Blog: Ayesha Gulalai and the nation

Web Desk & Asna Nusrat
August 08,2017

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By Asna Nusrat

The political uproar in the aftermath of the ousting of the former premier Nawaz Sharif began with Ayesha Gulalai’s press conference on 1st August 2017.In this media talk, the MNA leveled serious allegations on the character of Pakistan Tehreek-e-Insaaf’s chairperson Imran Khan.

While this news made a cover story of its own for many local papers, it is speculated that it was created in the first place to distract attention from the highly popular Panamagate revelations about the Sharif family.

PTI immersed in a celebratory mood long enough to let Ayesha Gulalai come forth with charges that would not let the victors walk out of the scene unscathed.

Irrespective of what the motives were behind this scandal that shook the bones of the accused party’s structure, various insights into the mechanism of politics in Pakistan were revealed.

The first and foremost concern that leaves a neutral observer perplexed is how fast Pakistan’s political system can stoop down from a national level concern to throwing spears on each other on a personal level.

The problem with bringing national and political leaders to trials with such transparency is that it gives the masses a way to become self-appointed advocates who can pass their ruling on the issue no matter how ill-informed it may be.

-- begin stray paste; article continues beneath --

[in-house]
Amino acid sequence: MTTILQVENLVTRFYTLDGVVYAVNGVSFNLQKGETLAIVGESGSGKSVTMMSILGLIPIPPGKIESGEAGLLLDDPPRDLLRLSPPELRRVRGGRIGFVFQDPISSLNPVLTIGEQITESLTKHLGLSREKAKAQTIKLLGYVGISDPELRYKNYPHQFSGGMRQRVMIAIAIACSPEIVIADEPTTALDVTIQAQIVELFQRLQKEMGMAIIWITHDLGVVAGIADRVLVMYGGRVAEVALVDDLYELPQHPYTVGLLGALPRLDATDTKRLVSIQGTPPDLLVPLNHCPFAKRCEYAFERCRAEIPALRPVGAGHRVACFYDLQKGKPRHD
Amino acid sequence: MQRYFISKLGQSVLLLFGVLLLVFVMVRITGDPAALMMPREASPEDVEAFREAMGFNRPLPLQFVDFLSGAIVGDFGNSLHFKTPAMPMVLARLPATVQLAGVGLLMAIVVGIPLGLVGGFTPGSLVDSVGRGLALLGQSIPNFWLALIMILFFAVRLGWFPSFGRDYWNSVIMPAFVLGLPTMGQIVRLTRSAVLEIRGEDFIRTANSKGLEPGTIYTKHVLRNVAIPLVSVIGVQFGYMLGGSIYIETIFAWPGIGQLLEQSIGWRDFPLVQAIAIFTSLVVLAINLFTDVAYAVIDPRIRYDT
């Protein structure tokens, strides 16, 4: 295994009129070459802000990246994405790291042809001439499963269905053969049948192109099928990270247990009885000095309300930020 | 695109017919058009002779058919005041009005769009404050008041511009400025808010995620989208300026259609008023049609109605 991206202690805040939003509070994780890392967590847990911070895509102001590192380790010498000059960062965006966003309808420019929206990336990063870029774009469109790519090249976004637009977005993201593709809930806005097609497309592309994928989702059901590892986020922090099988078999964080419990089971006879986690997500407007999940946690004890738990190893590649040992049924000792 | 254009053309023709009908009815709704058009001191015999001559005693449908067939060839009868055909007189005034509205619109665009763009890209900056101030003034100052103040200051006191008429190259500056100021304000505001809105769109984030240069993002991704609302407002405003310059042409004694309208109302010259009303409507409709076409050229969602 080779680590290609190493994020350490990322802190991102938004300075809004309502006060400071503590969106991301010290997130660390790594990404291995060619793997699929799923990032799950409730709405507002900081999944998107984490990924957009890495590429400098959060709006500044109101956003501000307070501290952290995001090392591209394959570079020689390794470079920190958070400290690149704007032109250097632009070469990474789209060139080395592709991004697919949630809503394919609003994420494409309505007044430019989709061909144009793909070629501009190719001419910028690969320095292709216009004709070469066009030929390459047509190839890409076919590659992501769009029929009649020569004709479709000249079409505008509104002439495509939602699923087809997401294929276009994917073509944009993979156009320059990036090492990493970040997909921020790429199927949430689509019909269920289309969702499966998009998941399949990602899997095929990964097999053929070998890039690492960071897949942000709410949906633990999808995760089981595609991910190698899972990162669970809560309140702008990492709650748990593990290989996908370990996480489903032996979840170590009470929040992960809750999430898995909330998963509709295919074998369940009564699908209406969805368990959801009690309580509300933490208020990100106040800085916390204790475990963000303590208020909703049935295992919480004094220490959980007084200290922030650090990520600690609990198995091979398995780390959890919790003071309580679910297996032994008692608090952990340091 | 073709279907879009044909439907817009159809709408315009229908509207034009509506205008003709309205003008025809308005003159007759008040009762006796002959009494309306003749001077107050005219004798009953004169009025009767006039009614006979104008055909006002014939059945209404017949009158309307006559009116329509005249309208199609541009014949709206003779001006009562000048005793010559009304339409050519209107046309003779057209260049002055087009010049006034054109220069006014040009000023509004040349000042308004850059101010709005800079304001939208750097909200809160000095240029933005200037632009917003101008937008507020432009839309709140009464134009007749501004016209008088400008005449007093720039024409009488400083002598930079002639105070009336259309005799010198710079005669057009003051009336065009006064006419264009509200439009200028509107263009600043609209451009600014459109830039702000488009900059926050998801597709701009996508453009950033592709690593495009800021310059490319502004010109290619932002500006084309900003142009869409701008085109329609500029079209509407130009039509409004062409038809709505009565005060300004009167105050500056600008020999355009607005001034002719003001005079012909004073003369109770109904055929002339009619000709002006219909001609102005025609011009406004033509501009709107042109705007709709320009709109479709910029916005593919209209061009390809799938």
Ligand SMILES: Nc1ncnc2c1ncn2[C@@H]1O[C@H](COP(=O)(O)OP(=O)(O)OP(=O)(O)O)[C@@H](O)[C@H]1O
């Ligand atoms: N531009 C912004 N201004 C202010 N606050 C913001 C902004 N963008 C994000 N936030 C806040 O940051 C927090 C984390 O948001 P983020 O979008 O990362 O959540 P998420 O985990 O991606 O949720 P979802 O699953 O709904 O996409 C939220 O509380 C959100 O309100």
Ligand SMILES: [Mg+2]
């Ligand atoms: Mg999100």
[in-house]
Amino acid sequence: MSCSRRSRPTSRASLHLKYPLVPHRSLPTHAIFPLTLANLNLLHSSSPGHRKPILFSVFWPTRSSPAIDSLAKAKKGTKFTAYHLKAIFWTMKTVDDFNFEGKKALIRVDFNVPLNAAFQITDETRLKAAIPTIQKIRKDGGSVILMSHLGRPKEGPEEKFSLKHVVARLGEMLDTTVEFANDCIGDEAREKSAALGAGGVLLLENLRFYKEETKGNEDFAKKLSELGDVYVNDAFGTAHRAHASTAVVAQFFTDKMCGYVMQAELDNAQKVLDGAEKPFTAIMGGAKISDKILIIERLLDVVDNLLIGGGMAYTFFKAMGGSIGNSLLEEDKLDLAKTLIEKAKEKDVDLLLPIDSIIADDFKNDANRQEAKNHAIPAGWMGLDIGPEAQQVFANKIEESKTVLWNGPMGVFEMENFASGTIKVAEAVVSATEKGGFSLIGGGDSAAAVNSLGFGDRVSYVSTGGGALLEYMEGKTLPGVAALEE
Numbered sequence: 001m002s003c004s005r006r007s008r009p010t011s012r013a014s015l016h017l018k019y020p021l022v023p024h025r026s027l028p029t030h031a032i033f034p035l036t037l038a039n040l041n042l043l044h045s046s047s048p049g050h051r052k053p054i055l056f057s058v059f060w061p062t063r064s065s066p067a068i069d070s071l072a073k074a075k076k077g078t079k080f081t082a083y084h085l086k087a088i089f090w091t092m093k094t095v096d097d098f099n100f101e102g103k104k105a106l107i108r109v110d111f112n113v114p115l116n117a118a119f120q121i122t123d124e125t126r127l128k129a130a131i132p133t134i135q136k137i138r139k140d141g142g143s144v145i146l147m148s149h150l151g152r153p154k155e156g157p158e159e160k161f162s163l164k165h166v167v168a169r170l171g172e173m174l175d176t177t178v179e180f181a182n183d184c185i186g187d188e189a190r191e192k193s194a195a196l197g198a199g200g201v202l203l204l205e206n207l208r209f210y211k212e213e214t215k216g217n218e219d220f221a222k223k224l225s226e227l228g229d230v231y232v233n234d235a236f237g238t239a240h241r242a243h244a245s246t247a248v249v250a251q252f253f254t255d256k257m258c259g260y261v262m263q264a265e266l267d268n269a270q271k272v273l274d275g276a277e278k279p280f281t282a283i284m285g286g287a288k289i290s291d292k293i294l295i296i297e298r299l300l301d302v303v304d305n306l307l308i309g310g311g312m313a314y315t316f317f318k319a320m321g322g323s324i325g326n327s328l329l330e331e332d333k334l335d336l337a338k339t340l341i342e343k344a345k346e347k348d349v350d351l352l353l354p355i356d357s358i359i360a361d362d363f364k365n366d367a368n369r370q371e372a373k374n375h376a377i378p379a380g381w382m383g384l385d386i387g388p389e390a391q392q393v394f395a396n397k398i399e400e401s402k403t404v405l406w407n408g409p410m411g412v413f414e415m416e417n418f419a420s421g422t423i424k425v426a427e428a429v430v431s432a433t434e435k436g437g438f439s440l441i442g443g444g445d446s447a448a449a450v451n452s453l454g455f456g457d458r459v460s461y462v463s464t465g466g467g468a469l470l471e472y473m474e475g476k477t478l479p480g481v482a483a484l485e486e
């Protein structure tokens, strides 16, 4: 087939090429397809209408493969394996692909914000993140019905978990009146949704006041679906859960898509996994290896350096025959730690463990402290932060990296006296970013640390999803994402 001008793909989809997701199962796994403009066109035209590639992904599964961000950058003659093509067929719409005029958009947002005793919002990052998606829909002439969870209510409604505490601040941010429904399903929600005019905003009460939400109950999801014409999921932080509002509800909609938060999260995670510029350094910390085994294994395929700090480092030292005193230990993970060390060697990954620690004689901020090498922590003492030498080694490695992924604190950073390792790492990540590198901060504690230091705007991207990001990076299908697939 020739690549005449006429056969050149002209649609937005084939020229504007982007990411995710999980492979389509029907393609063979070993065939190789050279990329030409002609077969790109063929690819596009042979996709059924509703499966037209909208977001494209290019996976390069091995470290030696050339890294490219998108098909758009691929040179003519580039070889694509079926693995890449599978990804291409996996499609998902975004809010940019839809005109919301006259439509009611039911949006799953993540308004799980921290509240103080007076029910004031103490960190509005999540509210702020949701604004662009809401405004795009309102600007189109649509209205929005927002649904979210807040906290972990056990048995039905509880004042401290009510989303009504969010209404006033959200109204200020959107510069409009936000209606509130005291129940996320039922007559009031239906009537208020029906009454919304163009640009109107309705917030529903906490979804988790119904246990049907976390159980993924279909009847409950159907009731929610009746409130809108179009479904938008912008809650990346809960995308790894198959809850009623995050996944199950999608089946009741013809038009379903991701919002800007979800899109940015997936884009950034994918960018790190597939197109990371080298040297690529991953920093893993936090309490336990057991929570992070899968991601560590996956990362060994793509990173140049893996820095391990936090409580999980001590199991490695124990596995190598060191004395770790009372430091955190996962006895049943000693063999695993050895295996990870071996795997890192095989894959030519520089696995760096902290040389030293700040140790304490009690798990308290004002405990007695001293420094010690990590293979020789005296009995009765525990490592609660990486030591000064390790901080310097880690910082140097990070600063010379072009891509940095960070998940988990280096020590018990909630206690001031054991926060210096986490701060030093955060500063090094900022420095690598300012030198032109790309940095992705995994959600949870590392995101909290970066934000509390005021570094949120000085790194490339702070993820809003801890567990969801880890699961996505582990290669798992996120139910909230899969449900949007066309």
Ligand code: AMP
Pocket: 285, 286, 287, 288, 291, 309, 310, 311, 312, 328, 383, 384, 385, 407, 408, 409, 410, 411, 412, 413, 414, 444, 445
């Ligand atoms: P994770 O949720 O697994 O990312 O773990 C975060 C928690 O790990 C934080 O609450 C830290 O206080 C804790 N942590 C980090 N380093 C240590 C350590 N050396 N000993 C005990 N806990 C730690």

This gradually changes the mindset of the nation at large about how much trust they invest in the state institutions or the amount of respect they show towards their leaders.

My argument is not aimed towards the Panama case verdict in any way because that was a much needed investigation to protect the country’s coffers from depleting.

Instead it is concerned with the fact that how easily and publicly party leaders are accusing one another with allegations about things that have more to do with their private lives than the lives they rule.

The casual nature of such serious concerns put forth in an informal way in a public domain leaves the matter open for discussion and debate by the public which is already led on by the media.

This delays a formal investigation into the matter and wastes time in letting the issue shift from public to political domain.

The second concern which results from the first is that because of releasing such news in the common public, the impulsive responses given by the people are fueled by uncontained passion and misdirected anger.

Comments like bold threats to the life and well-being of public figures, specifically a woman, display a sickening mentality that runs behind such bitter words.

A nation whose identity is grounded upon honour that is derived from the women of the nation fails to stand true to these values.

Irrespective of the veracity of allegations put forward, the kind of response that Ayesha Gulalai received is testimony to the fact why women are considered weak and worthy of suppression.

Not to defend the unprofessional approach that the MNA took in showcasing her concerns, but the way her concerns (legitimate or not) were addressed showed signs of a nation moving towards regression.

It is fair to hence conclude from this issue that it is unsafe to expose this politically and emotionally charged people to uncensored information about things that matter most to them such as the political leadership of their choice and notions of honour.


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